Friday, July 06, 2007

Breakfast in the Berkshires

The statue of the Newspaper Delivery Boy greets me once again as I enter Great Barrington, Massachusetts. It has a Norman Rockwell-esque quality and the way he thrusts the paper forward always catches my eye. This somewhat quaint, antiquated symbol of the early information age has become my symbolic greeter each time I return to the Berkshires.

There is a line of gentle, rolling mountains that separates the border of New York and Massachusetts. The Berkshire Mountains stretch from the Northern section of Connecticut well into Vermont. The region is sprinkled with magical destinations – Tanglewood, Shakespeare & Company, Monument Mountain, Mount Greylock, Chesterwood and The Mount. Music, imagination, language and culture infuse the crisp, pine-drenched air.

One of the key reasons I’ve come back year after year is the people and the breakfasts at the Rookwood Inn on 11 Old Stockbridge Road in Lenox, Massachusetts. Innkeeper Amy Lindner-Lesser has owned the Rookwood Inn since October 1996, when she and her late husband Stephen left their careers in social work to come to the Berkshires. The oldest portion of the inn was built in 1825 and was located in the center of the village. It was later moved to its current location and several additions were added. Described as a “painted lady” in the Victorian style, the mauve and violet hues of the Rookwood are a distinctive sight in the historic village.

I’ve been away for some time, but it all feels incredibly comfortable and familiar, like a second home or a special retreat. I sleep better here, and I am able to forget daily pressures. Classical music fills the breakfast room, and the tables are decorated with American flags for the Independence Day holiday. I enter, and Amy and her right-hand, Christine Manarchik are both already hard at work in the kitchen. This particular morning, the entrée is scrambled eggs flecked with spinach in a crispy parmesan cup, and garnished with chives from the kitchen garden.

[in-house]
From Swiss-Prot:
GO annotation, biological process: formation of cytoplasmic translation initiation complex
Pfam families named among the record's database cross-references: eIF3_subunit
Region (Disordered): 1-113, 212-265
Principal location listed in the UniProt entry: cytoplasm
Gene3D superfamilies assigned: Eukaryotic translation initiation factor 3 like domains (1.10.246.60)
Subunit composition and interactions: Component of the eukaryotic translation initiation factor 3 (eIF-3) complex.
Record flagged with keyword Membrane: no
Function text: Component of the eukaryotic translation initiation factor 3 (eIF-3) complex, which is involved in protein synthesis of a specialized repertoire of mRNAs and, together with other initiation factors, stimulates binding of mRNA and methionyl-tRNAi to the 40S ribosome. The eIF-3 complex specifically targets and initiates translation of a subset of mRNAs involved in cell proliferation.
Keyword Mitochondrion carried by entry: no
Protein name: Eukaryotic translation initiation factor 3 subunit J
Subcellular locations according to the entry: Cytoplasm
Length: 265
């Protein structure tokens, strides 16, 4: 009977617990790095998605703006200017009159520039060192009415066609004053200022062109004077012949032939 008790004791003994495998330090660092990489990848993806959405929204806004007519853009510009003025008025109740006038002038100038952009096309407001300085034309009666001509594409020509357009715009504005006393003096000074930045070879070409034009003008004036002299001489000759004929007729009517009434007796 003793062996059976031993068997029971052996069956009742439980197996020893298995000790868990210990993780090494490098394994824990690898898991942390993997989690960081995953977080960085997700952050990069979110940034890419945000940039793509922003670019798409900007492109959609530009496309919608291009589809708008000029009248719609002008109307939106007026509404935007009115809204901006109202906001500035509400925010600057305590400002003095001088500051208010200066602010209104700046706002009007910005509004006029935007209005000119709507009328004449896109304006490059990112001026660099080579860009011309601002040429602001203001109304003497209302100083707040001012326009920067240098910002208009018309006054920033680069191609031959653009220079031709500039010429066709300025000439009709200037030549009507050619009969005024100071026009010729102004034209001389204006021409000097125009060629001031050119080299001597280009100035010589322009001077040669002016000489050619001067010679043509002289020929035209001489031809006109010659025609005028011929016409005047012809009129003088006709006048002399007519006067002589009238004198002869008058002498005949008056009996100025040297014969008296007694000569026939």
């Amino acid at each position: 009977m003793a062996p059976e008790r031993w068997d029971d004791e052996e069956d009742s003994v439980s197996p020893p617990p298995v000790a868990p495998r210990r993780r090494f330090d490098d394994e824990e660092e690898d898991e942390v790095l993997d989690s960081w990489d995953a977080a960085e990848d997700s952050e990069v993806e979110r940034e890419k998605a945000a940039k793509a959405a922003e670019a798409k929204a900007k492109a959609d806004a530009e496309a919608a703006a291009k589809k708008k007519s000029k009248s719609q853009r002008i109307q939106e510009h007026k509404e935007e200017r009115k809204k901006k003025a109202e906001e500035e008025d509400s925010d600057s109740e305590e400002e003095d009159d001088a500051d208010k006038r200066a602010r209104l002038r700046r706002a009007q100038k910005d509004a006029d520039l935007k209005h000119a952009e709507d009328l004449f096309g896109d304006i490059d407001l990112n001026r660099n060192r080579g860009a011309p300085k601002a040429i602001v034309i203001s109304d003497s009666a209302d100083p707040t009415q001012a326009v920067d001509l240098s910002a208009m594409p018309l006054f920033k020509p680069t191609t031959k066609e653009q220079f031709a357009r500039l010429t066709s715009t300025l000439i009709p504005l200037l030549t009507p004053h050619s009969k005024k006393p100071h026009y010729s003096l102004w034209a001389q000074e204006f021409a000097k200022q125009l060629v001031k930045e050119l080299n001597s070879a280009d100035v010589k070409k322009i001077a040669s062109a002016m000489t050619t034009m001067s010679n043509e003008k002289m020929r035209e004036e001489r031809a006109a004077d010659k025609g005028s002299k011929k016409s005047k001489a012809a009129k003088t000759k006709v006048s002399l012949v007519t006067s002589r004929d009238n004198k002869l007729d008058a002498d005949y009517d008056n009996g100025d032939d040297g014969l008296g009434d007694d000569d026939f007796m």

Breakfasts are made with heart-healthy ingredients and lots of flavor. Steve was a graduate of the Hotel Management program at The Restaurant School in Philadelphia, and developed many of the recipes still used today, but Amy and Chris continue to experiment with new dishes that are low in fat and sugar.

“Our recipes are low fat, easy and delicious,” says Amy as we chat over coffee about the Rookwood breakfast menu.

“We get lots of requests for the recipes,” says Chris. She describes her cooking methodology as Italian-style. “I don’t measure anything,” she confesses.

Another morning I’m presented with an individual breakfast parfait, layered with granola and vanilla yogurt and finished with a patriotic flourish of strawberries and blueberries.
A Croissant a l’Orange is an ingenious variation on a soufflé. One croissant is sliced in half and placed in an individual soufflé dish. Marmalade and tart orange zest is layered inside along with a custard of cholesterol-free eggs and a little half-and-half for flavor. A sweet orange aroma rises as I puncture the flakey golden crust with a fork.

In the afternoon, I relax on the rambling porch with a homemade chocolate chip cookie and some pink lemonade. It is summertime at its finest.

Amy has been vowing for years to publish “The Rookwood Cookbook.” I’m lobbying hard that this be the year. She’s got all the right ingredients – hospitality, flavor, a vintage setting and that touch of Berkshires magic that has brought me back each summer season.

©2007 T.W. Barritt All Rights Reserved


Lydia (The Perfect Pantry) said...

I've spent many lovely weekends in the Berkshires (in fact, we're camping there at the end of this month), but I've not been to this inn and I'm so glad to know of it. In the summer we do like to camp, near Tanglewood, but in colder weather we're a bit wimpy and would rather be indoors! I sleep better out there, too. Must be the air, and the good food.

TNelson said...

I vote for a cookbook as well! These dishes sound delightful and creative - Thanks for the great pictures.


Bradley said...

Breakfast looks great! I used to go to camp out in the Berkshires when I was younger. When I got older we occasionally stopped at the Red Lion in for a drink on the porch.

T.W. Barritt at Culinary Types said...

Lydia - Isn't it a beautiful area? Are you going to Tanglewood when you visit?

Trish - Thanks for visiting. The cookbook is a must!

Bradley - I've enjoyed many a beverage on the porch of the Red Lion!

Jann said...

What a beautiful area this is~I can see whay you enjoy your visits there. Did you actually eat all this food...loved the croissant/orange creation~I am going to try this ! Let us know when the cookbook come out-

T.W. Barritt at Culinary Types said...

Hi Jann - The photos cover two days of breakfast, and the orange croissant souffle is a real keeper!

Anonymous said...

Oh these dishes look simply sumptuous. Never been to Bershires, seems like I need to schedule a trip there soon. The breakfast parfait is my favorite!

Sandi @the WhistleStop Cafe said...

At first I was thinking that is a long way to go for breakfast...
but now I see why.
What a lovely ambiance and the perfect get-a-way!

Stella said...

MMMmm & Mmmm & MMMM!!!! What a luxurious breakfast & in such a beautiful setting!
I wish I could have visited Berkshires!

T.W. Barritt at Culinary Types said...

Veron - I love the breakfast parfait, and it is really easy to make.

Sandi - It's worth the trip!

Valentina - You should visit - there's nothing better!